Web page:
About the Masarat grants programme

At a time of significant challenge for artists and the cultural sector globally, the British Council remains committed to supporting the development of diverse and creative expression and mutual cultural exchange between the UK and the rest of the world. 

  • The Masarat grants programme seeks to respond to the needs of artists and cultural practitioners in Iraq, Jordan Lebanon, Palestine, Syria and Yemen, providing financial support to enable continued production and project work in very difficult circumstances. 
  • Masarat aims to strengthen artistic practice through supporting production, training and showcasing activities. Selected grantees are also given opportunities to build their professional networks and make new connections with the UK and the Arab world.
  • Masarat grantees have been awarded grants ranging from 4000 to 10,000 GBP in Iraq, Jordan, Lebanon, Palestine, Syria and Yemen. This grant programme is designed to support the professional development of emerging artists, creatives and cultural practitioners in the region.

A total of 21 projects have received grants to implement their projects in Iraq, Jordan, Lebanon, Palestine, Syria and Yemen by October 2021.

Discover the projects happening in Jordan

Pop-up Interactive Dance Exhibition

The “Pop-up Interactive Dance Exhibition” is a non-traditional and trans-disciplinary dance experience designed to stimulate people’s creativity and collaborative minds with a form of image and objects exhibition, live performances, workshops and physical games, installations and sculptures.

Incorporating dynamic choreographies and participatory audience interaction, its approach is collaborative, multidisciplinary, engaging, and educational. 

The pop-up exhibition will operate with a creative team of multi-disciplinary artists and their supportive circle, set to showcase in several open cultural and artistic spaces around Amman as well as other locations across Jordan.

"I am a big believer that dance should be experienced anywhere, anytime, and accessible to everyone either by choice or in passing. I appreciate this opportunity to bring back artistic and cultural life outside cyberspace to people’s lives, especially to different communities outside of Amman."

Abd Al Hadi Abunahleh

The RMEAC Project - Rejuvenation and Modernization of Extinct Arts and Crafts

Jordan is at risk of losing a part of its traditions as a direct impact of globalisation on its culture and market. Professions such as shoemaking, glassblowing, clay and copper pottery and many more are breathing their last breath in a country that once served as a beacon for traditional craftsmanship.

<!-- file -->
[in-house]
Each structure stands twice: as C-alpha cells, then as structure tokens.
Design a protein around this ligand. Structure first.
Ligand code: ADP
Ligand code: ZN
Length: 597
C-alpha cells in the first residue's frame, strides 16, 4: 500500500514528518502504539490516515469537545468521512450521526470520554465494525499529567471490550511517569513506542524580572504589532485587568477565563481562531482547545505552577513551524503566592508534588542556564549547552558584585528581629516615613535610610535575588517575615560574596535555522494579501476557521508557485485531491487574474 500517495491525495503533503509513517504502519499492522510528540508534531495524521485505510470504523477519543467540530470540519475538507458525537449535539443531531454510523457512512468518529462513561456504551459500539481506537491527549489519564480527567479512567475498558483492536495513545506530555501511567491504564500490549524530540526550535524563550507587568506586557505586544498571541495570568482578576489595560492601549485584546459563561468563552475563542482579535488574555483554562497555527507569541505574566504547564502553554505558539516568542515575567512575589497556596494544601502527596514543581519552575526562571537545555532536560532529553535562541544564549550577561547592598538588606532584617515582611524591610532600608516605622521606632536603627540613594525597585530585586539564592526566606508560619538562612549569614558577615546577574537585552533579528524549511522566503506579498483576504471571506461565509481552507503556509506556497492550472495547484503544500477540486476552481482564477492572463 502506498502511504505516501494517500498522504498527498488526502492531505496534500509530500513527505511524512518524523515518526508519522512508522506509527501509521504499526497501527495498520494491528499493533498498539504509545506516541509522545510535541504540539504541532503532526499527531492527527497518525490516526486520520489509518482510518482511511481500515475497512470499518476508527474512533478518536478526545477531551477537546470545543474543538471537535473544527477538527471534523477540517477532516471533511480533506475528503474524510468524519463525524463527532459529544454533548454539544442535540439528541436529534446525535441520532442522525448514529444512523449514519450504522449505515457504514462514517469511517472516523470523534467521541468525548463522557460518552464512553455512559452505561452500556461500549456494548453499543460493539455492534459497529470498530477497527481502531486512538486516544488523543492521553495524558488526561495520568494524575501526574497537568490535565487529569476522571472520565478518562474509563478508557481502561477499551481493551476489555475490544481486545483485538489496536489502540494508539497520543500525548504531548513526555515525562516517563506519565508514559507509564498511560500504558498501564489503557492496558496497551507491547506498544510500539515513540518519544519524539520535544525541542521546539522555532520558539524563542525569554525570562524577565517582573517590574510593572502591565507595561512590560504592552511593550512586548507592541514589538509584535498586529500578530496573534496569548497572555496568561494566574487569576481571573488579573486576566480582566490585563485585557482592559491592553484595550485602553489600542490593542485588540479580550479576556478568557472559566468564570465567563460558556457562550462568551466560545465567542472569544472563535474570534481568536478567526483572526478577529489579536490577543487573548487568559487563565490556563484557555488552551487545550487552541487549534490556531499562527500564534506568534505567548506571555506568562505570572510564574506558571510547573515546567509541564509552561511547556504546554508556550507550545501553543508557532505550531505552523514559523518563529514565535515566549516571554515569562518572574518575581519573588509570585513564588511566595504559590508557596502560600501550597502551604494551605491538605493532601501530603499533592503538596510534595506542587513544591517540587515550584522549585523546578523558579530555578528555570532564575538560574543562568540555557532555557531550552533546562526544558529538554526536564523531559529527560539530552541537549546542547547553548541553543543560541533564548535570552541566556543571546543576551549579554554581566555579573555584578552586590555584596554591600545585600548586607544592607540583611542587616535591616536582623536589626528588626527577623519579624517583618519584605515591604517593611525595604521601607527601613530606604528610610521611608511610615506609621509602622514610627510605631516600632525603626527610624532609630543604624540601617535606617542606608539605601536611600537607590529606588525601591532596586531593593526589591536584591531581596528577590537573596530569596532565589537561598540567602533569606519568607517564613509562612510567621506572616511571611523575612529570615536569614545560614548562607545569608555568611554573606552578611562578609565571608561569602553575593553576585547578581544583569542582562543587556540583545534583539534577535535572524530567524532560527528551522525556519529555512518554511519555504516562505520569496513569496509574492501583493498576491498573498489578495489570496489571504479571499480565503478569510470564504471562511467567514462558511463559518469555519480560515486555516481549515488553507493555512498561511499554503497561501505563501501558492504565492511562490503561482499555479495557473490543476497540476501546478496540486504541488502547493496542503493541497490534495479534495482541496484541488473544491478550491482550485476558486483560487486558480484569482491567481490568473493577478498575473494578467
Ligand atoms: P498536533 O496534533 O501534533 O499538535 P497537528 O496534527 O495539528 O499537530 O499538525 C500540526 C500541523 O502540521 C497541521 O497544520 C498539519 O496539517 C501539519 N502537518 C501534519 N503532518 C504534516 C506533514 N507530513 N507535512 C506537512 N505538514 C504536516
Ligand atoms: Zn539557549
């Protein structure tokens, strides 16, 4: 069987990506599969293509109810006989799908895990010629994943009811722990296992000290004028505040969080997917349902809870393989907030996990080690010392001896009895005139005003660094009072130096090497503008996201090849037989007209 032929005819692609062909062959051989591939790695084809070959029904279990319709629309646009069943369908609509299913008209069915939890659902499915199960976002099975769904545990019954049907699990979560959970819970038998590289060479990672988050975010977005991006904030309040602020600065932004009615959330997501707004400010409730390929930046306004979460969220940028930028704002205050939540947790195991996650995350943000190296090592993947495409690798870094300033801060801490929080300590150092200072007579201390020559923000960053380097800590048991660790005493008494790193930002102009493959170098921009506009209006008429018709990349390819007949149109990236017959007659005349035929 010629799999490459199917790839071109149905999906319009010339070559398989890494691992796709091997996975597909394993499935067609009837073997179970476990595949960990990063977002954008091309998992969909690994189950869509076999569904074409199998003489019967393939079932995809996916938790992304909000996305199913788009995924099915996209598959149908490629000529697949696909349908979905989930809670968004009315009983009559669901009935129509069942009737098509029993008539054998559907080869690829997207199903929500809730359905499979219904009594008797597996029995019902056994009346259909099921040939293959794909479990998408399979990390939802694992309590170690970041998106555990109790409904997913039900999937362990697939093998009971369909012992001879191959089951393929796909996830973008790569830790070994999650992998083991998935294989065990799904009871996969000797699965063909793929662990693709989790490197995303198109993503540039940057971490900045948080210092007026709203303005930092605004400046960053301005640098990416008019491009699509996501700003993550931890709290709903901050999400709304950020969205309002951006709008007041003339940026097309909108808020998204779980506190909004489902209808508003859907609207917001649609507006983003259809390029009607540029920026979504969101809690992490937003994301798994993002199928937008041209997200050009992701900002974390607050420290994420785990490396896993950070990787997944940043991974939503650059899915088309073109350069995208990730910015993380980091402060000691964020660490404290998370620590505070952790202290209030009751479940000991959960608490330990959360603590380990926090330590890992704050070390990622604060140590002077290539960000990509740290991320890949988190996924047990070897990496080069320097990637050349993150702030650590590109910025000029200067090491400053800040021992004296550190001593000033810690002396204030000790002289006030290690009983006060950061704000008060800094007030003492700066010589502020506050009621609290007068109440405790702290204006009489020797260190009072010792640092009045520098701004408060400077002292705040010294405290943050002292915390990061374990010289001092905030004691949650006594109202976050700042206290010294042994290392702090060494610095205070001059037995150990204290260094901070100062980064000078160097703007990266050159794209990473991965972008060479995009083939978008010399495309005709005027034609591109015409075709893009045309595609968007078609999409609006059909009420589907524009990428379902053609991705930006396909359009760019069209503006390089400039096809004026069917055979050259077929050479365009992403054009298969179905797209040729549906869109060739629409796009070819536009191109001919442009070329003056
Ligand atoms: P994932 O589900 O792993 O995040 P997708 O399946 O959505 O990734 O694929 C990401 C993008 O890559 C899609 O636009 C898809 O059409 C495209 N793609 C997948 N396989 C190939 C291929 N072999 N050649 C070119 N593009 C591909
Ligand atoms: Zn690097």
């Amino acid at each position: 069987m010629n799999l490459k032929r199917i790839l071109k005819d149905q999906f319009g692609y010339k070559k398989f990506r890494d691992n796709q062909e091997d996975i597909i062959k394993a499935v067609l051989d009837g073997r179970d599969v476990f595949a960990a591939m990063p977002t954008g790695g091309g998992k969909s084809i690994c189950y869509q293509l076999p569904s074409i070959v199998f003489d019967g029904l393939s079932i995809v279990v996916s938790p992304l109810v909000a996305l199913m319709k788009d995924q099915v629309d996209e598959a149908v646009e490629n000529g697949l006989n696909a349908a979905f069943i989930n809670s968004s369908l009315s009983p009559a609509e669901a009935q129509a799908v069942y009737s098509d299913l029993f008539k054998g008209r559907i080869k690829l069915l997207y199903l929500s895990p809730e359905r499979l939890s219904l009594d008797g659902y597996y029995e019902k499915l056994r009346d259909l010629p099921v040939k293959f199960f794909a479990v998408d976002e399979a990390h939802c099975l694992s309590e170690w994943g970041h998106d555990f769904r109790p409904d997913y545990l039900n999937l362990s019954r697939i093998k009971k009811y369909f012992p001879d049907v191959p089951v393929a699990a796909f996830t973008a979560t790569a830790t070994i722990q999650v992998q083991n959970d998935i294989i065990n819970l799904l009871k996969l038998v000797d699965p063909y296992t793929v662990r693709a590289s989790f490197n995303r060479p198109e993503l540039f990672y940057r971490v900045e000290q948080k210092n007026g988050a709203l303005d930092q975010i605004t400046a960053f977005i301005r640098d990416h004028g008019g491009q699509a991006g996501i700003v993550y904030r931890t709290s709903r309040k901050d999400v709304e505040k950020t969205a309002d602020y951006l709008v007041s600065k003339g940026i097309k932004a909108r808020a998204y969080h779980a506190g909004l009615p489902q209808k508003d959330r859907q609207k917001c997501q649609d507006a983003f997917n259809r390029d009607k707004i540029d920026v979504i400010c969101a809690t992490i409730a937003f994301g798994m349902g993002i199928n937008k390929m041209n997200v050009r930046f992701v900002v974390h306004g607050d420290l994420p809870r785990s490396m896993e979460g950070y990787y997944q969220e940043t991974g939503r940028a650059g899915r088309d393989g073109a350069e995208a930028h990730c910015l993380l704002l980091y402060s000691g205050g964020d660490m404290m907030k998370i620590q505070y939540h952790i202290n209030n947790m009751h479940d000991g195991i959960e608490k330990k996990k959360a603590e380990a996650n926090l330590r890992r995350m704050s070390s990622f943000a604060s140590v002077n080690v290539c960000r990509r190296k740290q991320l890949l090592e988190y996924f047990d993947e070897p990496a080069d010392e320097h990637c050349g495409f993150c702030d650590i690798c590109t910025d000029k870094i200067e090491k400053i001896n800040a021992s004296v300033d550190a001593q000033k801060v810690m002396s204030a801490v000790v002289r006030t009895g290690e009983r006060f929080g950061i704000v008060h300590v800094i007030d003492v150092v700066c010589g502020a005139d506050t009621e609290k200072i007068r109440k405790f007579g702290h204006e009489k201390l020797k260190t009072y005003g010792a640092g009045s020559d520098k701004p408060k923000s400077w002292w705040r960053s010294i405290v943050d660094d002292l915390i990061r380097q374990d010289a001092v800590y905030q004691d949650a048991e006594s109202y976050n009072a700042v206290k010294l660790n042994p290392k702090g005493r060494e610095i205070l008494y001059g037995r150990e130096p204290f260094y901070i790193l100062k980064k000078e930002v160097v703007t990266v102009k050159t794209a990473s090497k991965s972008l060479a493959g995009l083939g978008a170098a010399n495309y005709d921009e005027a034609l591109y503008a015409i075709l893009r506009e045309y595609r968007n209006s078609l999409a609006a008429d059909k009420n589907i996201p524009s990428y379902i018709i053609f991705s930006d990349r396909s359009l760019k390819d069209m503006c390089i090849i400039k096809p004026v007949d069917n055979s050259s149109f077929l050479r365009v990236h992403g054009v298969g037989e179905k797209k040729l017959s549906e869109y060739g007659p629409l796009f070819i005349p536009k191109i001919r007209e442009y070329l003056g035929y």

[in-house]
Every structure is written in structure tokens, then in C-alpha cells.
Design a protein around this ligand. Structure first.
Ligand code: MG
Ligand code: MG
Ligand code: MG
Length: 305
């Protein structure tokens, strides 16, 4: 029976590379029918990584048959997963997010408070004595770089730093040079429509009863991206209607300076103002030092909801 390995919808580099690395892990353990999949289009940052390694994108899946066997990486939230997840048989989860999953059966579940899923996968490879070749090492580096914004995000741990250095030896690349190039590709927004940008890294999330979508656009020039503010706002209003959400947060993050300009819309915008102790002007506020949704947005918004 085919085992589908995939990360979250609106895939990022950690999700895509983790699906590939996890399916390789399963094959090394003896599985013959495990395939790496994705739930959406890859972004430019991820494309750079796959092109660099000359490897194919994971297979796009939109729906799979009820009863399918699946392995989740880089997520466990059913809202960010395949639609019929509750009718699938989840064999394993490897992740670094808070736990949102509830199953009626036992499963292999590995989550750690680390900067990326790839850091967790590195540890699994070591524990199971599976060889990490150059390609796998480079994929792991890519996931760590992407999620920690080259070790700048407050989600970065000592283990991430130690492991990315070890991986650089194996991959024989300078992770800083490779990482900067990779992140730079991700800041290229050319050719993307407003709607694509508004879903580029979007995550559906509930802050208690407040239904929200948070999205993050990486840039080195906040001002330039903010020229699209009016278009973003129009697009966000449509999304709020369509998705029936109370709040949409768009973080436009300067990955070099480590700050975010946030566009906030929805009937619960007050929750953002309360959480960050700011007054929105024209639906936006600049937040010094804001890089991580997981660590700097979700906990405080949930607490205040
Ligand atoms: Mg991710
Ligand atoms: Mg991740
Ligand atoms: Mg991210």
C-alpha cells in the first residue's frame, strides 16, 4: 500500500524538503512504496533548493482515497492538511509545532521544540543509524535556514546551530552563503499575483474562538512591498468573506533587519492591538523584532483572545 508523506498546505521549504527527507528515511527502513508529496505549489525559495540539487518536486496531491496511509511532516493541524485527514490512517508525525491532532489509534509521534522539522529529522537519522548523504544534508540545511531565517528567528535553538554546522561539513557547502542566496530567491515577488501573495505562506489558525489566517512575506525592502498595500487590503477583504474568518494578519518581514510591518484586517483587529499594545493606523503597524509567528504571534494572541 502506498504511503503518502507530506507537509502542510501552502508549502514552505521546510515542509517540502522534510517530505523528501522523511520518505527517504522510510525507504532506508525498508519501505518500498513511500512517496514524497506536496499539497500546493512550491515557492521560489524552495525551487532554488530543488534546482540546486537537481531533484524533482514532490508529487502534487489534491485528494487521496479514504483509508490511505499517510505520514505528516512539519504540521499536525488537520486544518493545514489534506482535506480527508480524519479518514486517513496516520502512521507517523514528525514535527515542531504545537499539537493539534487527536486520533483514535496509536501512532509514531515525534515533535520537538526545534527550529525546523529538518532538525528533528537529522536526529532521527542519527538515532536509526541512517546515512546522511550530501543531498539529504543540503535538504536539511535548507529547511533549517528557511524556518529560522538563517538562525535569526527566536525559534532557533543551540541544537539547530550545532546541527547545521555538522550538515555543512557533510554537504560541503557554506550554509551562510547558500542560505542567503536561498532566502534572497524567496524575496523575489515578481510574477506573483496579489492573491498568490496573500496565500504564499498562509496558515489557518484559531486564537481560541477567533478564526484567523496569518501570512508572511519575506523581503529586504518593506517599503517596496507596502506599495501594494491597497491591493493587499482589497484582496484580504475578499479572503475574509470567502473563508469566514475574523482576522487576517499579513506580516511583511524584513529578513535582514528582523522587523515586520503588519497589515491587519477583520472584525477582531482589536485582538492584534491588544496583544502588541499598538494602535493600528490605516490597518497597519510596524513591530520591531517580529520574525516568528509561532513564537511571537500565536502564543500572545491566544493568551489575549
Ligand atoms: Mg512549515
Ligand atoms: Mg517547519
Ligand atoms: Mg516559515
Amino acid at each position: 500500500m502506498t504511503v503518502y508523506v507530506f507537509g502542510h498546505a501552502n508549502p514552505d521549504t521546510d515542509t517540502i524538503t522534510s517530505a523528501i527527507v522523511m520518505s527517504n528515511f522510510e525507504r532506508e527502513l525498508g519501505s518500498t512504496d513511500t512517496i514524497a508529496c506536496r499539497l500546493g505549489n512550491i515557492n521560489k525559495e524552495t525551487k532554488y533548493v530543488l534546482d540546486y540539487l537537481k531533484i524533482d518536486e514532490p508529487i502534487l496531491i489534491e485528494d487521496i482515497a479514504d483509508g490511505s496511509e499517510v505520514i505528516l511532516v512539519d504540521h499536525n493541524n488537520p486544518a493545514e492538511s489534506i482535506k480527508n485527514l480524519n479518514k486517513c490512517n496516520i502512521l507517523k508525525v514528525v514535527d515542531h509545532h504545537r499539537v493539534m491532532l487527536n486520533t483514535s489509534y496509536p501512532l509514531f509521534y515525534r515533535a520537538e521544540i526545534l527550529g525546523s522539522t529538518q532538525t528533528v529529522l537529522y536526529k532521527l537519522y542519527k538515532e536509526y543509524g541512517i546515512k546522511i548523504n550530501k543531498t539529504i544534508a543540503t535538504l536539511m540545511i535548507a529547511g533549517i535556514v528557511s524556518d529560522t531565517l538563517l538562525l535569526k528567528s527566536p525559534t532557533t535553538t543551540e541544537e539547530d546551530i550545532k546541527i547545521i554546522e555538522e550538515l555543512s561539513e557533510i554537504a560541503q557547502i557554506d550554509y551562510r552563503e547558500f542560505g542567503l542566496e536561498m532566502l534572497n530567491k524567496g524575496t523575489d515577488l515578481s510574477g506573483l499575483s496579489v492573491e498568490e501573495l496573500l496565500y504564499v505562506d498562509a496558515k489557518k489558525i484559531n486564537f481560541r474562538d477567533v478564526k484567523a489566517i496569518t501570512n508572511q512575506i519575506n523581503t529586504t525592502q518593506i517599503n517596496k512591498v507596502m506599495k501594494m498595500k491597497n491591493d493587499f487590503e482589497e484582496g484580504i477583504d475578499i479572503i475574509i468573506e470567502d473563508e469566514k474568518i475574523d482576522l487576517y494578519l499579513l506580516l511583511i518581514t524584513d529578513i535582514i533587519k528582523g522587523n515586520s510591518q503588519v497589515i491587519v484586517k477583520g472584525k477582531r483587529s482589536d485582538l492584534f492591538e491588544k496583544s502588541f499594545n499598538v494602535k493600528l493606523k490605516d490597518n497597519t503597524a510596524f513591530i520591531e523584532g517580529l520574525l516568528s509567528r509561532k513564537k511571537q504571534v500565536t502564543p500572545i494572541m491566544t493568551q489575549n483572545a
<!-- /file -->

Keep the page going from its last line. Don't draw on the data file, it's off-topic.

The project revolves around the creation of new designed products using traditional trades that are facing extinction and underdevelopment. It will also include an investigative research into the history and inheritance of old professions and traditional crafts in a Jordanian city, through existing channels and direct relationships with the local community and institutions. 

"This is a major opportunity to revive and reintroduce a crumbling part of the tangible heritage and an attempt to shed light on the capabilities inherited in the different Jordanian urban communities."

Mazen Osama AlAli

Mahalli ‘local’

Pre-Covid-19, musical events constituted the main source of income for musicians. The pandemic has affected many arts and cultural activities and it has become almost impossible to organise any kind of music event. This has hit musicians particularly hard, pushing many to start looking for other means of income.

Mahalli-led by MedeArts- will support artists and musicians aged 18-35 living in governorates and small villages outside Amman to produce joint musical works that reflect on the reality lived by artists and musicians impacted by the global pandemic. 

The project will be delivered in two phases. During the first phase a series of sessions will be organised to build the artists’ skills in new techniques and to inspire them through success stories and achievements of other artists during the pandemic. The second phase will focus on providing musicians with financial resources, allowing them to implement a musical art production that expresses what they had experienced or are currently experiencing.

"The Masarat grant will support artist musicians in Jordan to be creative and to advance in their artistic work in light of the global Covid-19 crisis."

Mustafa Al-Sakran (MedeArts)

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